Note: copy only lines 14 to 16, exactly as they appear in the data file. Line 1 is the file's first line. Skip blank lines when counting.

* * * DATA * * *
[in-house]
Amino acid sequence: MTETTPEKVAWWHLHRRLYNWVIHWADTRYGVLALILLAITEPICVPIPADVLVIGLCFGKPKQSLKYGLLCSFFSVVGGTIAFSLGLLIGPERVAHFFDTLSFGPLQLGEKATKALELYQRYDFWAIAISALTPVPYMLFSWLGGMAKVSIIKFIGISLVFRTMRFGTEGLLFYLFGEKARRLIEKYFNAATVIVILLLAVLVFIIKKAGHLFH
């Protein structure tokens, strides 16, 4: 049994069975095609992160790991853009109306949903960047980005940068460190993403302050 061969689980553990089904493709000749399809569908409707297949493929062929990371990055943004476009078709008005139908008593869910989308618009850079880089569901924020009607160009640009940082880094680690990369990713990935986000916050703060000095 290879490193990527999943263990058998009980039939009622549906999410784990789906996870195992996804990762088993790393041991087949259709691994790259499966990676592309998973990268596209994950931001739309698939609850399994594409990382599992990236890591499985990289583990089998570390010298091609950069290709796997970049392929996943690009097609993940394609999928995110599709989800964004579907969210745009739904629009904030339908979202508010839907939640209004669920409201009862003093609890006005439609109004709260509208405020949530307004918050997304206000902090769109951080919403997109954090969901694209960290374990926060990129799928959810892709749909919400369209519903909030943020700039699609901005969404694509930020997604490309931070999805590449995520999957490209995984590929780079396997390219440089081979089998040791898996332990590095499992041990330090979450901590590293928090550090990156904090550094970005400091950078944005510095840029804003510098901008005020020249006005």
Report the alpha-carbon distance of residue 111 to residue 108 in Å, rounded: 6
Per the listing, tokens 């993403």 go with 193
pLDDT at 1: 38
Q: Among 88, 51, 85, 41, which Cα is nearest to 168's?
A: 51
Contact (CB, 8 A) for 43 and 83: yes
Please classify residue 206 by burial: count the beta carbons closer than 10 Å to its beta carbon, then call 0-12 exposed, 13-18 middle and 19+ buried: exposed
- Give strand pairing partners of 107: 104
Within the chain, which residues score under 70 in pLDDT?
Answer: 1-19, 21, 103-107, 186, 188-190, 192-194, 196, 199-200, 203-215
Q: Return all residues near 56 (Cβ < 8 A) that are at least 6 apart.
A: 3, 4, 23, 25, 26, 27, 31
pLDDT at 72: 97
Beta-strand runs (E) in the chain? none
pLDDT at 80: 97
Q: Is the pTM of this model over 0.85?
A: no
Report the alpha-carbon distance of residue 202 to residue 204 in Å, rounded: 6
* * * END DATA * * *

Q: Return all residues near 56 (Cβ < 8 A) that are at least 6 apart.
A: 3, 4, 23, 25, 26, 27, 31
pLDDT at 72: 97